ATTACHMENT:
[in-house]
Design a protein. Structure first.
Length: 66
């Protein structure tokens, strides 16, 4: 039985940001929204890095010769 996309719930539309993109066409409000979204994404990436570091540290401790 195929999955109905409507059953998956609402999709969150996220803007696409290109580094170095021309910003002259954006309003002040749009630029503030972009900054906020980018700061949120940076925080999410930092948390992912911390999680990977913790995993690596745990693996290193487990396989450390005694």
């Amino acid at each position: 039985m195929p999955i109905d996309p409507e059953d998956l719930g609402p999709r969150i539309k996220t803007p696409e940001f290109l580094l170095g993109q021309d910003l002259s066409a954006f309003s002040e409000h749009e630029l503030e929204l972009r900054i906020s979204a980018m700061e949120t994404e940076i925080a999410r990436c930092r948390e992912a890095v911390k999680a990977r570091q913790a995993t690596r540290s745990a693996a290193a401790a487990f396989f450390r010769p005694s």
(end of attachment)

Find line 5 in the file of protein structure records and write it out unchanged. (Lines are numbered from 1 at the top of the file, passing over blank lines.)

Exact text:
């Amino acid at each position: 039985m195929p999955i109905d996309p409507e059953d998956l719930g609402p999709r969150i539309k996220t803007p696409e940001f290109l580094l170095g993109q021309d910003l002259s066409a954006f309003s002040e409000h749009e630029l503030e929204l972009r900054i906020s979204a980018m700061e949120t994404e940076i925080a999410r990436c930092r948390e992912a890095v911390k999680a990977r570091q913790a995993t690596r540290s745990a693996a290193a401790a487990f396989f450390r010769p005694s």